Chris George Custom CE-N
If you can't find the perfect guitar, why not have one made by a reputable custom builder? The Chris George Custom CE-N is our (successful) attempt to do just that.
Back in 2012, this writer concluded a Longterm Test on Godin's Multiac Encore Nylon and Multiac Grand Concert SA with this sentence: "My search for the ideal thinline stage electro continues, and I'm beginning to think that this instrument might well come from a custom maker, not off the peg."
No sooner had the review hit the streets, than Lincoln-based custom guitar maker Chris George was on the phone. "Can I help?"
Chris has been featured here numerous times, initially for making superb electrics incorporating the guts of Line 6's Variax. And while he might be better known for his electrics, Chris has always built acoustics too (primarily of the steel-strung variety), while a rather fine baritone is among his most recent flattops. But a nylon- string? Yes, he's made those, too, but he fancied honing his art in that area. So, what better guinea pigs than us?
Our design brief was not to produce a classical guitar; rather a nylon-string electro that would work on stage under often adverse conditions. Just plonking a pickup in a classical guitar wasn't the way forward - we'd need onboard control: tuner, feedback-rejection and an overall slightly heavier build. Plus, by reducing the body depth by 25 per cent, Chris hoped a primary cause of feedback would be reduced without compromising the acoustic sound.
But it wasn't just feedback- rejection that was at stake: we really wanted to see if we could get a more accurate 'mic'd' sound on stage without, of course, using a microphone.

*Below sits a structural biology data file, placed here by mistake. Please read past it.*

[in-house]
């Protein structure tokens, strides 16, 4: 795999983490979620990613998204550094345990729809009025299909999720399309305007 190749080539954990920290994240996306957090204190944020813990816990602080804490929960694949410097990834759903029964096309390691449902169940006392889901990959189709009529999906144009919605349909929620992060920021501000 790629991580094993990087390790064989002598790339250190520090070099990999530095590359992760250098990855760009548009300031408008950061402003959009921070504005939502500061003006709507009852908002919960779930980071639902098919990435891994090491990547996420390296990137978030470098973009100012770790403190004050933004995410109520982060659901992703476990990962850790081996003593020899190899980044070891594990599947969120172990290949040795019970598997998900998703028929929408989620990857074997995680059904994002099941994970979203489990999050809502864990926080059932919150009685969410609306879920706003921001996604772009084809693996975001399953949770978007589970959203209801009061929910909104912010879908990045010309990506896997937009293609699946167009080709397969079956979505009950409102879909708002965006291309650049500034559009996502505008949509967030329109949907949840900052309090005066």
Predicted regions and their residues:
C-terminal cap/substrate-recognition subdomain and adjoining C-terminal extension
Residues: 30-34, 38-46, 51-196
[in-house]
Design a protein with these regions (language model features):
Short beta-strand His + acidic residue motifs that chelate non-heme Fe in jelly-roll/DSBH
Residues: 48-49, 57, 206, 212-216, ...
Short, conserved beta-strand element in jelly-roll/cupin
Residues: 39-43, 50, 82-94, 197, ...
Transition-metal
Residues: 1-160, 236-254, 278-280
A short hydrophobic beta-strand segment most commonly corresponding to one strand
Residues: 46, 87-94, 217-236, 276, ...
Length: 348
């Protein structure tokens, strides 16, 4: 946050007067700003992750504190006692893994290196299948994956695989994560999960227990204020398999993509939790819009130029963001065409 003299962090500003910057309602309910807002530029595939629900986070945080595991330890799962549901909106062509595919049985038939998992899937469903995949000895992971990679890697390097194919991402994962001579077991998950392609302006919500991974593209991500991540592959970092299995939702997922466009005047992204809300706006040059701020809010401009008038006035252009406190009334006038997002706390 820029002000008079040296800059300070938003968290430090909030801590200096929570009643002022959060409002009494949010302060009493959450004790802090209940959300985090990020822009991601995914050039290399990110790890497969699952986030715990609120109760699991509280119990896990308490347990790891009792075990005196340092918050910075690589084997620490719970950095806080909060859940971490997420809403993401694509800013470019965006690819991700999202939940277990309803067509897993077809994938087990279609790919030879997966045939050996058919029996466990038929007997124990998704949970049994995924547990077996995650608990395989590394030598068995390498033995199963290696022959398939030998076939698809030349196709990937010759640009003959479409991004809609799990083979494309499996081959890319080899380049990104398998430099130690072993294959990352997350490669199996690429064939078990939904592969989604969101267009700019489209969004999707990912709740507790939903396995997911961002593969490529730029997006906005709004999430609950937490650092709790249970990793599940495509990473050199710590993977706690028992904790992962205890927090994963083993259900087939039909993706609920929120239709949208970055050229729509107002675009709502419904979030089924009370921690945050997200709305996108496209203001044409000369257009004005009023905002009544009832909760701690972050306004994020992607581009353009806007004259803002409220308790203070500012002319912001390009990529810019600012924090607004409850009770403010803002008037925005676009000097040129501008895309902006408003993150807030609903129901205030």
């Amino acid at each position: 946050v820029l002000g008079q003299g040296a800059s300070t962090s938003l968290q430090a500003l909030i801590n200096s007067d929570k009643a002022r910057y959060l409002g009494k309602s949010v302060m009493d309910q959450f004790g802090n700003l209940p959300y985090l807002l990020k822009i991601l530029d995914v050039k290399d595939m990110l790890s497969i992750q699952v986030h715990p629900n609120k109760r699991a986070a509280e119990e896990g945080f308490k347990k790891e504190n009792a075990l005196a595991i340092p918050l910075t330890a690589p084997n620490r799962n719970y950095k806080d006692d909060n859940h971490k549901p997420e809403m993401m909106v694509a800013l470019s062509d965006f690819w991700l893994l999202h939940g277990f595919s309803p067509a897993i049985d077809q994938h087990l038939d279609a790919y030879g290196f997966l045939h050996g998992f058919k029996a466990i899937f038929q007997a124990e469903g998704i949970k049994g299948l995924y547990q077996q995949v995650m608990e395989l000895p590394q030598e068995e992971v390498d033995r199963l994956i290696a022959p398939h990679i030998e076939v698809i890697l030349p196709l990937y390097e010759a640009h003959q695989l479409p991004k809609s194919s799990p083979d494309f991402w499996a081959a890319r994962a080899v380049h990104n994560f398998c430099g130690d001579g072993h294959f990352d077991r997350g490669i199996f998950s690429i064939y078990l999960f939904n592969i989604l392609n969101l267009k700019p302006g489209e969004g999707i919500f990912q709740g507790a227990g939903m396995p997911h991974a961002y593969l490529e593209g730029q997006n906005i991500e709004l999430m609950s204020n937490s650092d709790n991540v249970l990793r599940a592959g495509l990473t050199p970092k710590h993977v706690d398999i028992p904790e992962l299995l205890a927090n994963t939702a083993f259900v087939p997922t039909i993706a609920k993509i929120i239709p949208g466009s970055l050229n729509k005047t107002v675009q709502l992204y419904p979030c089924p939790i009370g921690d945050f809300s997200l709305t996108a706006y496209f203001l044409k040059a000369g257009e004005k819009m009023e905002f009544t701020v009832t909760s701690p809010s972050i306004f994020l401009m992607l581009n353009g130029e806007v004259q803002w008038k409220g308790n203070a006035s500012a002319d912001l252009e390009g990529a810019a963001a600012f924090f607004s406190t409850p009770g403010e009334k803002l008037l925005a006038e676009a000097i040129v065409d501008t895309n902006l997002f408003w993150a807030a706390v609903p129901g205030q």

We contacted Fishman for advice on the subject, and the company concluded the best option was to install its new Aura Pro preamp. It allows you to upload four Aura images into the preamp, then mix those with the undersaddle Matrix - the type of pickup most untroubled by feedback.
We don't have space to describe the whole design and making process but, in brief, we started the project by spending a day spec'ing our go-to guitars, including a well-gigged and recorded Yamaha NCX2000. Armed with dimensions, body outlines and, for style, a mutual love of the Selmer-Maccaferri guitars, Chris headed back to his Lincoln-based workshop to start the design.
In many ways, Chris's eventual design is very traditional. The basic outline, neck shape and width came from a 1968 concert classical (built in Madrid by Juan Alvarez), which also informed the wood choice: European spruce top, Indian rosewood back and sides, a cedar neck, ebony 'board, rosewood head-facing and bridge. But the cutaway and headstock, not to mention soundhole rings and the slight fretboard overhang, are all inspired by those classic Selmer-Maccaferris.
Along with the Fishman Aura preamp, other modern touches include two graphite reinforcing bars buried in the neck instead of a modern truss rod (a very un-classical guitar feature).